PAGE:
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Two Kinds of Tarot Decks: Part 2, Reading Decks

As I wrote in the first part of this series, Two Kinds of Tarot Decks: Part 1, Art Decks, to me there are two main kinds of tarot decks: art decks and reading decks. This part covers tarot decks that are easy to use for actually reading tarot, rather than just being works of art.

Reading Decks

The queen of reading decks is the Rider-Waite deck. It is certainly not the only good deck for learning and reading tarot, but it is certainly the one to start with. Here’s why.

The imagery of the major arcana, the trumps, of the Rider-Waite deck was specified by the great 20th-century hermeticist and mystic, A.E. Waite, a major figure in the famous Golden Dawn magical lodge. That’s why the deck bears his name.

But what made the Rider-Waite deck revolutionary, and what made it a tarot standard, is the imagery on the minor arcana, the suit cards. The minor arcana are just as rich in imagery as the trump cards. That is why the deck is so easy to read. And that is why most modern decks are based on the Rider-Waite at least to some degree—even if their artists and publishers do not realize it.

More on the Rider-Waite in another article. The point, however, is that most decks that are good for reading have complex imagery on the minor arcana, the suit cards, not just on the trumps.

For good readings the imagery should be complex and relevant to the tarot. I’m not talking about just complicated designs. Each card should offer a wealth of evocative, psychologically active imagery that helps one’s subconscious mind convey ideas and feelings relevant to the traditional meaning tarot meaning of that card.

That is, someone might come up with a completely new deck with complex imagery on a different system that can be used to give fairly accurate readings, and it might still not be a tarot deck. There are such decks. But they are not tarot decks.

The very best way to find a good reading deck is to try out the deck. But opening a new deck and laying it out in the store is usually not allowed. If you can handle one that belongs to a friend, that will work. Otherwise, you just have to learn to get a feel for the deck just by seeing a few sample cards, even by just viewing the box.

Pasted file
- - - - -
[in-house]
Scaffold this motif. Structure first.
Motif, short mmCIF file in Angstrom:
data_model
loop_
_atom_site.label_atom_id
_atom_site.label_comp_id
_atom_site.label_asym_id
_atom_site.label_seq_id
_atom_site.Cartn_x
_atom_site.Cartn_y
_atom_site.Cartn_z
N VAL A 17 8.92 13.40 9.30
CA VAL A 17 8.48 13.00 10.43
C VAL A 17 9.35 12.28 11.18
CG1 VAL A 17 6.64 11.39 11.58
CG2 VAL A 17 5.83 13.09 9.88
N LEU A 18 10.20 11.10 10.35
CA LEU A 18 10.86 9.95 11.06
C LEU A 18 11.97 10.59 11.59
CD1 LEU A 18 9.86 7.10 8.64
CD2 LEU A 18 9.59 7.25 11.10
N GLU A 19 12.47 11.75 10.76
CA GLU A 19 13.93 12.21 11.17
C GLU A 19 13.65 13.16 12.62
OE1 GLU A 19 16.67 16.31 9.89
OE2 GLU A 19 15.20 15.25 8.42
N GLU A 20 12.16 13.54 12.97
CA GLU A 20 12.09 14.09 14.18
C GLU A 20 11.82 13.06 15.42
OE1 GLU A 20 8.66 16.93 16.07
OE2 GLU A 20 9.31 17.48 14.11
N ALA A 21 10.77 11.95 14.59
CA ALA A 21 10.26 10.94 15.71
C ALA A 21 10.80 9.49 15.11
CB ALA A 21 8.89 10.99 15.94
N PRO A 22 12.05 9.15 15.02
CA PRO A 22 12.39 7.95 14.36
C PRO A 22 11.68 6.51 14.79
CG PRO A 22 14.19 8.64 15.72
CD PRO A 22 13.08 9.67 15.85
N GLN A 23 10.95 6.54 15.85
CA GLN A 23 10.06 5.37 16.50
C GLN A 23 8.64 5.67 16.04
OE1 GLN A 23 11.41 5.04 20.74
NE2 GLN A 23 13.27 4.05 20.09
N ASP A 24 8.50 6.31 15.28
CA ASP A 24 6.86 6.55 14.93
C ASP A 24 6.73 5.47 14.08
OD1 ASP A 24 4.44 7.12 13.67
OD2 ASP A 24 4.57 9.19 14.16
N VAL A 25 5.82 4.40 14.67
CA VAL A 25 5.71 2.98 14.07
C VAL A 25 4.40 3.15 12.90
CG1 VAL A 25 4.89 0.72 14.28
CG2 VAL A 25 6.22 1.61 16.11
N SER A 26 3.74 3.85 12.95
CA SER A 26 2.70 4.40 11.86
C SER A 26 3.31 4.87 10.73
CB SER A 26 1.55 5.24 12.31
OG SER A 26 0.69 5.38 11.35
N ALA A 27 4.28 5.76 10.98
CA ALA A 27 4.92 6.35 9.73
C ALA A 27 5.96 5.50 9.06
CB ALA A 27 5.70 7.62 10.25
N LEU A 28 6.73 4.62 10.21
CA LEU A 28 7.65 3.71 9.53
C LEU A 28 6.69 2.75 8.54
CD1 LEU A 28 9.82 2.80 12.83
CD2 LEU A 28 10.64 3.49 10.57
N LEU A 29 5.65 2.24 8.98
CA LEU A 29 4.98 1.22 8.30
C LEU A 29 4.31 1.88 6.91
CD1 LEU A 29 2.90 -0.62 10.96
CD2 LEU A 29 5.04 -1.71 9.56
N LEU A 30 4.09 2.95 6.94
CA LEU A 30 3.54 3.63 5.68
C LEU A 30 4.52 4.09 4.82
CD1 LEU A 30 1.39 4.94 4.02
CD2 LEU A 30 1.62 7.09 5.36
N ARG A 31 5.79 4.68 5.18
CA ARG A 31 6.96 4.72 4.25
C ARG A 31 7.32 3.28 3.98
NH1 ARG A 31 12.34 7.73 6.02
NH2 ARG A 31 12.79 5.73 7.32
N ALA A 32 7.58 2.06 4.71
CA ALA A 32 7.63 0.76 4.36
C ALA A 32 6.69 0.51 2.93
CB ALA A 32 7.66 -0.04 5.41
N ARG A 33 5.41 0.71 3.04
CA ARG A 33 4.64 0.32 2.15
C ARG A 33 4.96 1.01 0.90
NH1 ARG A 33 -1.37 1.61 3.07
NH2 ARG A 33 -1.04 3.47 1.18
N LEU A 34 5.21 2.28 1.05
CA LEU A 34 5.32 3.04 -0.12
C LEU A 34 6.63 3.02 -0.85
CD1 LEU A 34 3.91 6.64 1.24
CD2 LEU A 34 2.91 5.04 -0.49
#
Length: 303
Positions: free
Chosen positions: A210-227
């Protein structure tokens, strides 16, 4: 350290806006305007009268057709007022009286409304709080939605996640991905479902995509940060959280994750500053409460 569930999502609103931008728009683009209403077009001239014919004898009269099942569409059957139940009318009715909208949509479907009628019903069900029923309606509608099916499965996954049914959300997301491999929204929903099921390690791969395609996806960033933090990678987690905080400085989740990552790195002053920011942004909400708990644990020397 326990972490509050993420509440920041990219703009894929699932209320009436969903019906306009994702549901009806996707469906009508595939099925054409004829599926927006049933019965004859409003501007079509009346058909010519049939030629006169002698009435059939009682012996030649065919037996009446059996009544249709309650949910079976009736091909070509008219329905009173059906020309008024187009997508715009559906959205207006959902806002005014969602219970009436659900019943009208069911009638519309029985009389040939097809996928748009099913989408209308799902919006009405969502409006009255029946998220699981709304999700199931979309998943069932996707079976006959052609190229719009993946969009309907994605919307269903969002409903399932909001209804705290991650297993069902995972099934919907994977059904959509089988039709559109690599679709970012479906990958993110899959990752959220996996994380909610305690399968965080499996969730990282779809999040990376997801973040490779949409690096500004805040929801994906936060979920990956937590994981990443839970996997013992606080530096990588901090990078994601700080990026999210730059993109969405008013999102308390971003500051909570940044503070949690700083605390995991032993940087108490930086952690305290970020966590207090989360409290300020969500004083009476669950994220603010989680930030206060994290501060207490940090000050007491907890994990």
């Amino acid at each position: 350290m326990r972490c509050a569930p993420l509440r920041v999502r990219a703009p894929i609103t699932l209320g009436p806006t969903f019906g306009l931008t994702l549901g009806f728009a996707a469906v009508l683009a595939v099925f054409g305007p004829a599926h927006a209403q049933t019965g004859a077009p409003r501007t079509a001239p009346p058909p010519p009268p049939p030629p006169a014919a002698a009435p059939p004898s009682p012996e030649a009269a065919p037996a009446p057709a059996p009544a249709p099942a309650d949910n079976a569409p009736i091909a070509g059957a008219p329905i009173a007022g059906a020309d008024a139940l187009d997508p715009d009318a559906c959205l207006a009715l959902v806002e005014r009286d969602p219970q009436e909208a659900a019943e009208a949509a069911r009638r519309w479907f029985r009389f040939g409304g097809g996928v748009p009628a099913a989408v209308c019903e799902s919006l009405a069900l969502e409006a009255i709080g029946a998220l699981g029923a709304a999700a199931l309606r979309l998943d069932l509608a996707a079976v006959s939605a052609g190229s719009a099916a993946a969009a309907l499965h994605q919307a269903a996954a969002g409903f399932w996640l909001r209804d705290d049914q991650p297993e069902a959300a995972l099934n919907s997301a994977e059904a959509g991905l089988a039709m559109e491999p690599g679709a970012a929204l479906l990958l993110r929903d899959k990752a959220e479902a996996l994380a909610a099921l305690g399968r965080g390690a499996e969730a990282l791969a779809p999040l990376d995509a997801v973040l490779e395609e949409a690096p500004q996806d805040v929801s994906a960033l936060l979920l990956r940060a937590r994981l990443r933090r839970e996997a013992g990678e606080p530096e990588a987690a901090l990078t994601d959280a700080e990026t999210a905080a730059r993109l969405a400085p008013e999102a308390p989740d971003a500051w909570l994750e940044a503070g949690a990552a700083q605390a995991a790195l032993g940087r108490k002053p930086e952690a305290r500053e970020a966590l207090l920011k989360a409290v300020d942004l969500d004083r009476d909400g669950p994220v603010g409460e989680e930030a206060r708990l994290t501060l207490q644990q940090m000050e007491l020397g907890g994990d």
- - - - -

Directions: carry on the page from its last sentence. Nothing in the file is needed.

If you know the Rider-Waite deck well, you can usually recognize good reading decks, but even then, you can make mistakes if you cannot see the whole deck. I like to read with several different decks at psychic fairs and parties.

For awhile I collected decks, and I was sometimes fooled by the box. I do not read from decks that have only coins, cups, and so on, on the minor arcana. I’m very visual, so the numerology alone is not enough.

I used to give away useless decks if they were not compelling enough to keep as art decks. But I hate giving people decks that I think they will have a hard time reading, even though they like them.

Decks based on the Rider-Waite deck, though they can be innovative, and beautiful enough to collect for the art alone, are usually a safer bet. Some can be quite eccentric and still work for reading if you know the Rider-Waite well.

For example, the Alice in Wonderland tarot I bought some years ago is simply brilliant. It should not work, but it does—partly because the Alice story itself consists of subconscious, dream energy.

Which decks people can read from accurately and easily will vary somewhat. The thing they will all have in common is complex, subconsciously true and complete imagery, a complete symbol system that provides a vocabulary for the reader’s subconscious mind to speak to speak to the conscious mind.

So while a good reading deck will work for most readers, some decks may work for only a few readers. It is up to each reader to become skilled and experienced enough on standard decks to be able to recognize unusual decks that will also work for them.

Art Decks

For a discussion of art decks, tarot decks that are beautiful but not good for giving readings, see the first article in this series, Two Kinds of Tarot Decks: Part 1, Art Decks.

Tags: Decks, Rider-Waite, reading tarot decks, reading decks, Symbolism, Tarot Art, minor arcana

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